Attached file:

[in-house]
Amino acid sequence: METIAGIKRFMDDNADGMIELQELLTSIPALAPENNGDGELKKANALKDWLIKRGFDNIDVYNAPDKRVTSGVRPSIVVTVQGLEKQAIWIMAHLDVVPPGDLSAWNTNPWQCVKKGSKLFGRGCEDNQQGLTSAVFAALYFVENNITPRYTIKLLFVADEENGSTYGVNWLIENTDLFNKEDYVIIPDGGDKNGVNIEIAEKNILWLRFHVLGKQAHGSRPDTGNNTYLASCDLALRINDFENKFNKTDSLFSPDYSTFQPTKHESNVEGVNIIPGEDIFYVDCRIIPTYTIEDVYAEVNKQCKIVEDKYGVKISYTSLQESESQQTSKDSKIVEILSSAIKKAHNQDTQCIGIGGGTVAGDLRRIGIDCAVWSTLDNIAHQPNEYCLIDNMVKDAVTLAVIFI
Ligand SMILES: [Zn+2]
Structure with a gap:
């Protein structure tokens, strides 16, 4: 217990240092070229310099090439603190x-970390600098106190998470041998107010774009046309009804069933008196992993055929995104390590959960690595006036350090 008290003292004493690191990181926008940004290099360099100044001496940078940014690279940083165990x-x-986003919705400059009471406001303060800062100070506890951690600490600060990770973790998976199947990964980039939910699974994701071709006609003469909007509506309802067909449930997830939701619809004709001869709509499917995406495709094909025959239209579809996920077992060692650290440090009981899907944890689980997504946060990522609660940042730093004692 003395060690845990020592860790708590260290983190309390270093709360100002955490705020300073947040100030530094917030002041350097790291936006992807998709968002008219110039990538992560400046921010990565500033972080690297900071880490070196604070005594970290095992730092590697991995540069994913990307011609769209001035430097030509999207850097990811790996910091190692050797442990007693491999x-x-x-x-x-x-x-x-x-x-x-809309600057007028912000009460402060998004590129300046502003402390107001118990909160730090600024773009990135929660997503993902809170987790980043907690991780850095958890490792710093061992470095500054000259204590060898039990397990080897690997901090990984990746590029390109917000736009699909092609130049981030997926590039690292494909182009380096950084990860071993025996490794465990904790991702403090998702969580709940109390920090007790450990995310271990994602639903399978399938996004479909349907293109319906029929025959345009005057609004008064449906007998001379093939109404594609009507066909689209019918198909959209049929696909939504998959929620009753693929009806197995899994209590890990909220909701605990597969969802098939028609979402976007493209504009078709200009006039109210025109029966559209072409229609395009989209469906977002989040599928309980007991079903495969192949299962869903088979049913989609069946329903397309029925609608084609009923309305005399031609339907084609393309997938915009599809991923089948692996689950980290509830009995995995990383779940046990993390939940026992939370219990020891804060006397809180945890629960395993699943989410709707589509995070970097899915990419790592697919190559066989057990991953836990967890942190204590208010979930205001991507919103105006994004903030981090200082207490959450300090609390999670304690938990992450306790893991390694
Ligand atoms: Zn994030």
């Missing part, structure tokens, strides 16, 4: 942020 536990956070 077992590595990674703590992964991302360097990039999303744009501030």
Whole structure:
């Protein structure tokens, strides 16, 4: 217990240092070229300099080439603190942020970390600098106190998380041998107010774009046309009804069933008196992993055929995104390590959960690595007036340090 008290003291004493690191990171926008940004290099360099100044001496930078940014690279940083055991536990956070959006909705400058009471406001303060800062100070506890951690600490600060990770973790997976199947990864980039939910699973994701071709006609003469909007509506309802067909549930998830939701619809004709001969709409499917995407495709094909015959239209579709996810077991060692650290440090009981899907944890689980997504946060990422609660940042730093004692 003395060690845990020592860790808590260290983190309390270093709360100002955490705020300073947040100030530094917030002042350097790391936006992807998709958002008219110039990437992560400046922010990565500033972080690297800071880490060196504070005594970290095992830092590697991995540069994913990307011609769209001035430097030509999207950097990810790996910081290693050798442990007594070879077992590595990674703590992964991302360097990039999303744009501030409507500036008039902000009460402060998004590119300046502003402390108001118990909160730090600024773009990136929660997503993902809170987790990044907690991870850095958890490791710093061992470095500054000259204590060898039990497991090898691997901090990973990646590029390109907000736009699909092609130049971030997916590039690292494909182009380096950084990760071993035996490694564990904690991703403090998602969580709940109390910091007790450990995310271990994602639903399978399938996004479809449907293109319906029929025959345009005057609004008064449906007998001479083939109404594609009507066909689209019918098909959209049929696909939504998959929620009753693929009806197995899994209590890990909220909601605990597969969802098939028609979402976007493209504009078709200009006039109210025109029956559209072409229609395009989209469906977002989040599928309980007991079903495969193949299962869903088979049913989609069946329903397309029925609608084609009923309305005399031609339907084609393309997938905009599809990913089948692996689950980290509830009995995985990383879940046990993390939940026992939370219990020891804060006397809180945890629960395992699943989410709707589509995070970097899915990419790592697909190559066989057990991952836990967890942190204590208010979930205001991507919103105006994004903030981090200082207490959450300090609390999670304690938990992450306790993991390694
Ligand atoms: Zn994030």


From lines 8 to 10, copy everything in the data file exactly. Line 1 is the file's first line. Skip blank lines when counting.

Whole structure:
């Protein structure tokens, strides 16, 4: 217990240092070229300099080439603190942020970390600098106190998380041998107010774009046309009804069933008196992993055929995104390590959960690595007036340090 008290003291004493690191990171926008940004290099360099100044001496930078940014690279940083055991536990956070959006909705400058009471406001303060800062100070506890951690600490600060990770973790997976199947990864980039939910699973994701071709006609003469909007509506309802067909549930998830939701619809004709001969709409499917995407495709094909015959239209579709996810077991060692650290440090009981899907944890689980997504946060990422609660940042730093004692 003395060690845990020592860790808590260290983190309390270093709360100002955490705020300073947040100030530094917030002042350097790391936006992807998709958002008219110039990437992560400046922010990565500033972080690297800071880490060196504070005594970290095992830092590697991995540069994913990307011609769209001035430097030509999207950097990810790996910081290693050798442990007594070879077992590595990674703590992964991302360097990039999303744009501030409507500036008039902000009460402060998004590119300046502003402390108001118990909160730090600024773009990136929660997503993902809170987790990044907690991870850095958890490791710093061992470095500054000259204590060898039990497991090898691997901090990973990646590029390109907000736009699909092609130049971030997916590039690292494909182009380096950084990760071993035996490694564990904690991703403090998602969580709940109390910091007790450990995310271990994602639903399978399938996004479809449907293109319906029929025959345009005057609004008064449906007998001479083939109404594609009507066909689209019918098909959209049929696909939504998959929620009753693929009806197995899994209590890990909220909601605990597969969802098939028609979402976007493209504009078709200009006039109210025109029956559209072409229609395009989209469906977002989040599928309980007991079903495969193949299962869903088979049913989609069946329903397309029925609608084609009923309305005399031609339907084609393309997938905009599809990913089948692996689950980290509830009995995985990383879940046990993390939940026992939370219990020891804060006397809180945890629960395992699943989410709707589509995070970097899915990419790592697909190559066989057990991952836990967890942190204590208010979930205001991507919103105006994004903030981090200082207490959450300090609390999670304690938990992450306790993991390694
Ligand atoms: Zn994030």